Expert Paul Devereux says a new golden age during the 1990s, particularly after the broadcast of the cult television series the X-Files, has given way to a current wave of indifference.

Mr Clarke concurs, suggesting: "It could be the case that post-9/11 people are more concerned about the threat from terrorism or the environment."


Mr Devereux has drawn on the work of controversial Canadian academic Michael Persinger and believes many unresolved UFO sightings can be explained by "earthlights", clouds of plasma being charged by strong electromagnetic fields occurring in areas of seismic activity.

Having nearly witnessed a UFO that could not initially be explained, Mr Devereux has dedicated his life to research.

"It bugged the hell out of me, almost gave me a mental breakdown. I couldn't make it fit into the everyday mundane world view."

Pilot Ray Bowyer was the principal witness to the most recent publicised UFO sighting in the UK.

Flying a commercial plane from Southampton to Alderney in the Channel Islands in April this year, Mr Bowyer saw two objects up to a mile across in the sky over Guernsey.

"I saw a bright yellow object, a light in the sky some miles ahead. I could see this specific shape of a flattened disc, like a CD on its edge, slightly tilted."


He says some of his passengers, as well as another pilot, saw the objects and he has been told they were picked up on radar.

Mr Bowyer's sighting may be a prime candidate for the "earthlights" theory, coming just days before the Dover earthquake. He accepts this as a possible explanation.

"I'm open-minded about everything. It would be a fairly perverse universe if we were the only inhabitants."

Despite the drop-off in interest in UFOs, the ufologists and their acolytes carry on their work, and the UFO-loving public continues to believe in conspiracies.

"No matter how much material the authorities produce and release the people who want to believe a conspiracy to hide aliens will never be satisfied," Mr Clarke says.

"It is such an emotional thing. They are convinced they are here, that they are walking among us."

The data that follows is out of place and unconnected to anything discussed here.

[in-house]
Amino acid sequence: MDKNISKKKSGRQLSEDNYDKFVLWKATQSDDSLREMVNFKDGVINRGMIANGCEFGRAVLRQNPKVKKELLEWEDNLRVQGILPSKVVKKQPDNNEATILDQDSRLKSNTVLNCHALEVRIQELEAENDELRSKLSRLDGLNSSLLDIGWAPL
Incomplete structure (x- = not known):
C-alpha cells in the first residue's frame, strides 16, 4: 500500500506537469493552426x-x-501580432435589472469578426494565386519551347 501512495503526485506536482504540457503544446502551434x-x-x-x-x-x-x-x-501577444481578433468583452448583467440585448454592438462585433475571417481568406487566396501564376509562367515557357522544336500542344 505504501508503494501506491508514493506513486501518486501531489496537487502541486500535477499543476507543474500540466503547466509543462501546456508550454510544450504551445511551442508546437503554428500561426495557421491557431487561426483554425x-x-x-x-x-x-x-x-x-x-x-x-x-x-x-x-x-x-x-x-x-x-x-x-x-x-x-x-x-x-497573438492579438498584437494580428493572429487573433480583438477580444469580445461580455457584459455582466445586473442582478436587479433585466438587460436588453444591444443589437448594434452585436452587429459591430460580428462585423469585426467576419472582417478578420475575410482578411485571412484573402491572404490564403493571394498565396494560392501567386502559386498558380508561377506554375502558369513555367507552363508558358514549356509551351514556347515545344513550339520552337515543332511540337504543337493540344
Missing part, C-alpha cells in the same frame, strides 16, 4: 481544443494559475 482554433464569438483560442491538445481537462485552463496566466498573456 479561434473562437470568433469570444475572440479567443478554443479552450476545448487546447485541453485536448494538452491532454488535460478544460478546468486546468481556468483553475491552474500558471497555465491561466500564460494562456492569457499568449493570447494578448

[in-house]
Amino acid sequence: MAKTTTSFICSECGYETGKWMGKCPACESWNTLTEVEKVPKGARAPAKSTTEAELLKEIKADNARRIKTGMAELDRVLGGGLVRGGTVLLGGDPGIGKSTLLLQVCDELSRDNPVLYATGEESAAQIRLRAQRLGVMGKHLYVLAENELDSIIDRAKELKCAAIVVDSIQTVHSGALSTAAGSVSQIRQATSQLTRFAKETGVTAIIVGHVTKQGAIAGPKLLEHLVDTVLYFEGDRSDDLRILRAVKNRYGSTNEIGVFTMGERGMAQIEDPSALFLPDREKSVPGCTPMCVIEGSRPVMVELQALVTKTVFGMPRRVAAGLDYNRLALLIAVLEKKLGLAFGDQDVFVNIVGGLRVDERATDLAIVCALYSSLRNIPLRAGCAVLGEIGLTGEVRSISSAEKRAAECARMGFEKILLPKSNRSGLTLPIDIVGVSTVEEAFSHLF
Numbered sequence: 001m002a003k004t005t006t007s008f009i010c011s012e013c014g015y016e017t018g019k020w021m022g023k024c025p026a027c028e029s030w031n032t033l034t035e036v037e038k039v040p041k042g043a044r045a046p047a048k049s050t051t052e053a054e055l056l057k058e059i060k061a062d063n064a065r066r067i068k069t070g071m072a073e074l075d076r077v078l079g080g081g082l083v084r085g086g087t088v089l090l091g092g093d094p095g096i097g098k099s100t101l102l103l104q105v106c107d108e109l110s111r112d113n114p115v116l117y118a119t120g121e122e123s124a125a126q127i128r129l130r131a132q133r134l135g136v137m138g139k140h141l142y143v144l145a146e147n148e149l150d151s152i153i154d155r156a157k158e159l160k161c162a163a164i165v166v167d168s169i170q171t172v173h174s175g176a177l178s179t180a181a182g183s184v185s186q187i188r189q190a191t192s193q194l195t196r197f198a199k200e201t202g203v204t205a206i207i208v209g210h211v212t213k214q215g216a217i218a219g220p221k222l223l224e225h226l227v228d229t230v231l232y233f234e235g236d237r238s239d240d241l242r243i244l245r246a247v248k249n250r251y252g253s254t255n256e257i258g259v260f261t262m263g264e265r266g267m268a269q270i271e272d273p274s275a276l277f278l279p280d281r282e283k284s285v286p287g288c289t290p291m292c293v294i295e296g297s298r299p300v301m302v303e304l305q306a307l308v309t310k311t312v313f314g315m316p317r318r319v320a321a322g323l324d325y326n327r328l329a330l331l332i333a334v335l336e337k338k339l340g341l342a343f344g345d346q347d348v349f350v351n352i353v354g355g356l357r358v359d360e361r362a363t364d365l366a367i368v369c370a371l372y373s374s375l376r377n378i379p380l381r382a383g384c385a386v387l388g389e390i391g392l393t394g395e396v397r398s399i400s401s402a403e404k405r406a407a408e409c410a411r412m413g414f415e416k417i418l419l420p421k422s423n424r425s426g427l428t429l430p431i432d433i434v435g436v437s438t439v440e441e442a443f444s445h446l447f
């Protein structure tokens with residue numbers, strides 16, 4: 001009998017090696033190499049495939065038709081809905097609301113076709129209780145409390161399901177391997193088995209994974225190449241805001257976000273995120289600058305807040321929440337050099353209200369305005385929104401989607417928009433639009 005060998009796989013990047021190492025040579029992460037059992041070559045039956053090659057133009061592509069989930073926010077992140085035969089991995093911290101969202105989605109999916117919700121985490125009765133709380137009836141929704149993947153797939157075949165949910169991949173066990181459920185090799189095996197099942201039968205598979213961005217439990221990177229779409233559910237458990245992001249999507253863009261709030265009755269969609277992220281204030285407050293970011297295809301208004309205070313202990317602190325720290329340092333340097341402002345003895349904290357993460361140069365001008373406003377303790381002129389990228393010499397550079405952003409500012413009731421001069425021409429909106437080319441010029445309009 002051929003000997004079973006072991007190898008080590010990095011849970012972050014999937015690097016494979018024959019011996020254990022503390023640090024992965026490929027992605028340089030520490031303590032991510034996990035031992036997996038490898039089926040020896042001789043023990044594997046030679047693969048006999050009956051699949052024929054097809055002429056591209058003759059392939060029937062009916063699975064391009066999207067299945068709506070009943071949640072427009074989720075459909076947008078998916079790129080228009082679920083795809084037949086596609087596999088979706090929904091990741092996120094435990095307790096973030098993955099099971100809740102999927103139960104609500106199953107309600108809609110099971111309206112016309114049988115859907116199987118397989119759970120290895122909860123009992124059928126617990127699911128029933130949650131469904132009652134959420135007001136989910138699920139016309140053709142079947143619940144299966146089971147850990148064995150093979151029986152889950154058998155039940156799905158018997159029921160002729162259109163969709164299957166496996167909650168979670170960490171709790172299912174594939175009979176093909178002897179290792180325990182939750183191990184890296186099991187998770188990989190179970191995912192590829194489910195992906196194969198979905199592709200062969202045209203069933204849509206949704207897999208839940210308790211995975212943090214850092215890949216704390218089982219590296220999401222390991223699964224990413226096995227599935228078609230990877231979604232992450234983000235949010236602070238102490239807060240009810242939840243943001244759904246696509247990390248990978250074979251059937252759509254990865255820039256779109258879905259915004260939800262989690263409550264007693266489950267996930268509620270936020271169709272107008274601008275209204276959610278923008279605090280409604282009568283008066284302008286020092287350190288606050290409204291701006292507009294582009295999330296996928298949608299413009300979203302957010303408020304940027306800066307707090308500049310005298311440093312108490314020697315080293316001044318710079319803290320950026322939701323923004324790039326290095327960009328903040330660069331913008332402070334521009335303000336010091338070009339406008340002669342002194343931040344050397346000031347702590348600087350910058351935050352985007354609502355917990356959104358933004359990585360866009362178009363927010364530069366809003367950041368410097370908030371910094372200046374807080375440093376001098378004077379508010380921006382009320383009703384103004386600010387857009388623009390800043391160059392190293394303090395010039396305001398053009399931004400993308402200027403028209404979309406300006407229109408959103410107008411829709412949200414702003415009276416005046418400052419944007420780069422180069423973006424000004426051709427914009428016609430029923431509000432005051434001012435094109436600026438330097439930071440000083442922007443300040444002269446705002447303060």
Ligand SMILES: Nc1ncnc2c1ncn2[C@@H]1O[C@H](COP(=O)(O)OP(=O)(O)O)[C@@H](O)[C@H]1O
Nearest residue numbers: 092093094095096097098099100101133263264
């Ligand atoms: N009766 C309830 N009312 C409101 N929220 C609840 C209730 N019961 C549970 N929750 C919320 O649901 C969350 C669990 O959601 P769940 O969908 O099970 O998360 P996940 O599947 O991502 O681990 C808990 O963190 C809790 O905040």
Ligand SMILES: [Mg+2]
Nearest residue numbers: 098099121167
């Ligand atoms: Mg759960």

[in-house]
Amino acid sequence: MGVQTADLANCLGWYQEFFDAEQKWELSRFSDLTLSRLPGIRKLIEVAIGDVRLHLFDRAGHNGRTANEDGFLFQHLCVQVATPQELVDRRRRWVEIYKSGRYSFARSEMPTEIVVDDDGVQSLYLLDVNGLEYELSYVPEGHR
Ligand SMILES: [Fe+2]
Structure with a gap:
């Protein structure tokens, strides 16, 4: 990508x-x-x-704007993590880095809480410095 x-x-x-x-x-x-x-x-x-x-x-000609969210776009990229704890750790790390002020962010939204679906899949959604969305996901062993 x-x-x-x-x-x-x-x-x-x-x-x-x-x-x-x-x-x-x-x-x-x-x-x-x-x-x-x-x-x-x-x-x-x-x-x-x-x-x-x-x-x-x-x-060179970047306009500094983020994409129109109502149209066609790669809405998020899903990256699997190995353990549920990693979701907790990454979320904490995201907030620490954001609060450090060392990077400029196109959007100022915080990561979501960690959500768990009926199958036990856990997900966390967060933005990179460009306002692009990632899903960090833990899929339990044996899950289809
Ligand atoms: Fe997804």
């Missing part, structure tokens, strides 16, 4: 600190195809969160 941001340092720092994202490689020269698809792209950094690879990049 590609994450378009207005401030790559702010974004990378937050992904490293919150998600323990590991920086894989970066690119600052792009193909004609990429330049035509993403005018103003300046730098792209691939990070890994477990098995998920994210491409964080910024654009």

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Reply with quote  #71 

Oh i knew u'd dae that i was just waitin!!!!!!!  i'm sure they'd enjoy a tea n tunnocks just like us if they drop by 


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Reply with quote  #72 

Same taste as us lot then  Aye how ye doin big man ...... then bolt as fast as ye can


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Reply with quote  #73


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Reply with quote  #74 
Kevin O'Neill Is Innocent
When you kick me in the head
two punches in
the stomach or more
when am lying on the floor

listen to my cries
say a prayer before i die
within these walls
for i'am an innocent man

fight to clear my name
when i drift to
the other side
and expose britiain's shame

these bars are not a home
so far from family
and loved ones alone
when am carried out in a box

don't pretend to be shocked
hand out the key
from these iron tombs
that remain locked

oh lord set me free
and remember my name
Kevin O'Neill
thinking how would you feel

22 years toss me aside
treat me like a dog
still they can't break
my spirit and pride

behind those wigs of law
overpaid mp's they hide
so remember my name
Kevin O'Neill

who has the desire
to set on fire
the light of freedom's flame.
By Berlin & Kevin O'Neill

Judge yourself before judging others.

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Reply with quote  #75 
This Was Sent To Me By A Friend Who Is A Nurse
And This Incident Was Confirmed Within The Hospital

Were She Works . (By berlin)
Warning Warning Warning Warning
Share with your sisters, daughters, nieces, mothers, and female friends.

This Incident has been confirmed.
A man came over and offered his services as a painter to a female putting petrol in her car and left his card. She said no, but accepted his card out of kindness and got in the car. The man then got into a car driven by another gentleman. As the lady left the service station, she saw the men following her out of the station at the same time. Almost immediately, she started to feel dizzy and could not catch her breath. She tried to open the window and realized that the odour was on her hand; the same hand which accepted the card from the gentleman at the service station.
She then noticed the men were immediately behind her and she felt she needed to do something at that moment. She drove into the first driveway and began to honk her horn repeatedly to ask for help. The men drove away but the lady still felt pretty bad for several minutes after she could finally catch her breath. Apparently, there was a substance on the card that could have seriously injured her..
This drug is called 'BURUNDANGA' and it is used by people who wish to incapacitate a victim in order to steal from or take advantage of them.
This drug is four times more dangerous than the date rape drug and is transferable on simple cards.
So take heed and make sure you don't accept cards at any given time alone or from someone on the streets. This applies to those making house calls and slipping you a card when they offer their services.


Here's To Our Wifes & Girlfriends
May They Never Meet-Groucho Marx

Burundanga Business Card Drug Warning